A curious insect flew directly over our house last week - the sinister-looking Trumpocopter carrying its bizarre occupant to supper at Blenheim Palace. A neighbour got the excellent snap of it, above. Much more welcome was the successful chrysalisation of our granddaughter's White Ermine caterpillars, hatched from the eggs laid by an adult female which she carefully took home with her after staying here two months ago.
So ends an epic of domestic care, a tribute to my son and daughter-in-law's entire family, neighbours and other relatives who scoured Walthamstow in east London for dandelions. Many lessons were learned by the experience, especially how much small caterpillars (a) eat and (b) poo. I hope that the timing of the next stage is such that the children see an emergence, although the granddaughter has already had the good fortune to watch a hatching at the Natural History Museum. "And do you know the first thing it did, Grandpa?" she said. "A huge poo!" Thus does one of the wonders of Nature appear to the eyes of a small, eager and very realistic child!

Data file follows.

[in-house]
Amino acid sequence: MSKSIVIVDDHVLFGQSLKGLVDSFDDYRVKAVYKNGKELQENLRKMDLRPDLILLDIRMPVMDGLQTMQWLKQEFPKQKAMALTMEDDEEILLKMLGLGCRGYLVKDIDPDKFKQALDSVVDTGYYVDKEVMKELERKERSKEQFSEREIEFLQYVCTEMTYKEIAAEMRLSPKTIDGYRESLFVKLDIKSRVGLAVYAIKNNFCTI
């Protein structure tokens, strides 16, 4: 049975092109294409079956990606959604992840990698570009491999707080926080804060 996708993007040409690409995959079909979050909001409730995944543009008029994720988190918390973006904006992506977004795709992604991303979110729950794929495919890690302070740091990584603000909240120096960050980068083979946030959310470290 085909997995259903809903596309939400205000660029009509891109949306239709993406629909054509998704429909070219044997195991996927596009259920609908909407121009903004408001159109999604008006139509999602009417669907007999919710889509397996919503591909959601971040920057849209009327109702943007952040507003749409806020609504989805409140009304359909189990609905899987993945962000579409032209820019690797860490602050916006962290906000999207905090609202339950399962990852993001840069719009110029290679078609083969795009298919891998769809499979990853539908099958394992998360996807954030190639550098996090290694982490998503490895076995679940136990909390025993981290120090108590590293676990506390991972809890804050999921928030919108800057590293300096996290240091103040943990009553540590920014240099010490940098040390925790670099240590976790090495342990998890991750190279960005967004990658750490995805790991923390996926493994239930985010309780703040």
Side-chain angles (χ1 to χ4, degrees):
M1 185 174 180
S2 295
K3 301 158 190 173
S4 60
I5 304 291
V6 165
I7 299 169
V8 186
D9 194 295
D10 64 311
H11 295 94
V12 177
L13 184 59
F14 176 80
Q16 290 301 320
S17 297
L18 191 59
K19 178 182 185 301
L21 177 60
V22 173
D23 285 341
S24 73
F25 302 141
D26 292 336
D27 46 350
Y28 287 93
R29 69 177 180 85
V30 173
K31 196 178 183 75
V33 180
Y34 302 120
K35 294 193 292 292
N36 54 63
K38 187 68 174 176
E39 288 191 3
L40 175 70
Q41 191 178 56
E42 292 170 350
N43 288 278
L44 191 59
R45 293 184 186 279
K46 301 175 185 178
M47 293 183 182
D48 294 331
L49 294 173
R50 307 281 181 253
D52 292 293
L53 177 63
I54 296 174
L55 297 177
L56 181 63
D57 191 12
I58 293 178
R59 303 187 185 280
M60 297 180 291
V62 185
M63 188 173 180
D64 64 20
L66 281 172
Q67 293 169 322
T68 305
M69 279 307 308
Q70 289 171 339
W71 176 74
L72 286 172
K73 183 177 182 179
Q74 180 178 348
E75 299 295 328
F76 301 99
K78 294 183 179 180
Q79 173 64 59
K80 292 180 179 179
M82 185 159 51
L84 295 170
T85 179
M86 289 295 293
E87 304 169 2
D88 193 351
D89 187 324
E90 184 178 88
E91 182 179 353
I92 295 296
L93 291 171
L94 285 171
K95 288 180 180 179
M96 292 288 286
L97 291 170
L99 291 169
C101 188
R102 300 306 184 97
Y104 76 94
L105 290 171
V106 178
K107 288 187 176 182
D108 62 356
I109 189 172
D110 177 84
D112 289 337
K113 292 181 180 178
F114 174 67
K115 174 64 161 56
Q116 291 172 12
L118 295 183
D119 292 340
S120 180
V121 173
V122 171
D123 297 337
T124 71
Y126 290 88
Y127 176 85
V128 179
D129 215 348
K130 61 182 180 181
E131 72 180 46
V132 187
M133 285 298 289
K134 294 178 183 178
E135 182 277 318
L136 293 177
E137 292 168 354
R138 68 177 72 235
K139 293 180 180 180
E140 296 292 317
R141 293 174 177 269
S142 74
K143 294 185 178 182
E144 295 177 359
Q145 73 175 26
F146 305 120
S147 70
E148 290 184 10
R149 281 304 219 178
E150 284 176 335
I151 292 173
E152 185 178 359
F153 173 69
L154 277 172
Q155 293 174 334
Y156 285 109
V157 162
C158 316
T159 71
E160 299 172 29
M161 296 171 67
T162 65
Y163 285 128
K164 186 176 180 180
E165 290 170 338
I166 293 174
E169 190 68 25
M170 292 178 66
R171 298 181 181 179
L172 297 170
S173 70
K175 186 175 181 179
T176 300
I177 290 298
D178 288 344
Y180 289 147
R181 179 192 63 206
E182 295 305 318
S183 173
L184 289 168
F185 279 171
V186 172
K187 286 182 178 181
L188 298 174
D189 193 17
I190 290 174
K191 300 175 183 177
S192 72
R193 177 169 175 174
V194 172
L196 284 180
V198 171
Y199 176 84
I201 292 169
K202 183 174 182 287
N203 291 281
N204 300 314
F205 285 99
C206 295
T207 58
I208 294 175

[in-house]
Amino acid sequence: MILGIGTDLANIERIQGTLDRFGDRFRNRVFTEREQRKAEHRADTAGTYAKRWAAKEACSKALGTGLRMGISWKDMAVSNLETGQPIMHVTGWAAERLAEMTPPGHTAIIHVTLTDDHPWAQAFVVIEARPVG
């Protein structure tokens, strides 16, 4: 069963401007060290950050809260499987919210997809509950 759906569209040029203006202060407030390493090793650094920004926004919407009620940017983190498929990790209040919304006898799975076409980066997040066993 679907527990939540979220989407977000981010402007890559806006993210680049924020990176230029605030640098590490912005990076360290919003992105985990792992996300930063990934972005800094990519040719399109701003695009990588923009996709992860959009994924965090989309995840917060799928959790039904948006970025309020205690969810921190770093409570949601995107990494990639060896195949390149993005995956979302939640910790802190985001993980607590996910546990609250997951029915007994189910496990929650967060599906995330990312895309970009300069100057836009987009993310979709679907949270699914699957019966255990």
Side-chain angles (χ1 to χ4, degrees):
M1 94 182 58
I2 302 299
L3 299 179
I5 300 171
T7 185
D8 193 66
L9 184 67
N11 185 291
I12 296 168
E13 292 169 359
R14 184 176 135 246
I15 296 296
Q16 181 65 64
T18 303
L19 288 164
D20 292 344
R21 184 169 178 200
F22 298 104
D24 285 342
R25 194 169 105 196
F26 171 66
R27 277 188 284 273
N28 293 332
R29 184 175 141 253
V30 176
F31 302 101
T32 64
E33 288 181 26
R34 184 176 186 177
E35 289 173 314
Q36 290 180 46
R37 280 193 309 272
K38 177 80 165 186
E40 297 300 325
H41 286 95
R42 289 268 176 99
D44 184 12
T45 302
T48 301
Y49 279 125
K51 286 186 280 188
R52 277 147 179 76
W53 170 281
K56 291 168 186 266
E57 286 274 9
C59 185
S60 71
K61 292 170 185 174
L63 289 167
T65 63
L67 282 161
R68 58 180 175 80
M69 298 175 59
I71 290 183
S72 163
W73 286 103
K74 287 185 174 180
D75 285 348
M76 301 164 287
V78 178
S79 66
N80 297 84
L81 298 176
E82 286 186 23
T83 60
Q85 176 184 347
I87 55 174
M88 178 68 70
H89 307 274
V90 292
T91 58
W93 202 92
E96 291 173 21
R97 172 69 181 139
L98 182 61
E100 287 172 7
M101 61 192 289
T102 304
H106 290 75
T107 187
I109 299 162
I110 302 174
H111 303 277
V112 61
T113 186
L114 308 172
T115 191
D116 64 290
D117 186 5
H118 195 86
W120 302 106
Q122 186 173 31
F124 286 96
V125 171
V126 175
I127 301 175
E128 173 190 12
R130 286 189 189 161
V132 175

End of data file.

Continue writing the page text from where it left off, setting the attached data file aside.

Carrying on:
When we got back from London, we were greeted by this lovely Brimstone on our doormat, one of the newly-emerged brood who are flying here in great numbers. For various reasons, it has been extremely busy here but I must find time for a butterfly walk as there are hundreds of them around in the glorious and continuing sunshine.
The moth trap continues busy with a nice Coxcomb Prominent calling a couple of nights ago along with these visitors, below: from the top left, clockwise: a freshly-emerged Campiopn I think - the pinky-purple distinguishing it from the very similar Lychnis; a Brimstone (moth as opposed to butterfly), an Early Thorn and a lovely, metalically-jewelled Gold Spot.
Last night brought, inter many alia, a Pale Prominent, Nut-tree Tussock, Dusky Thorn (I think) and the delicately pretty Marbled Beauty.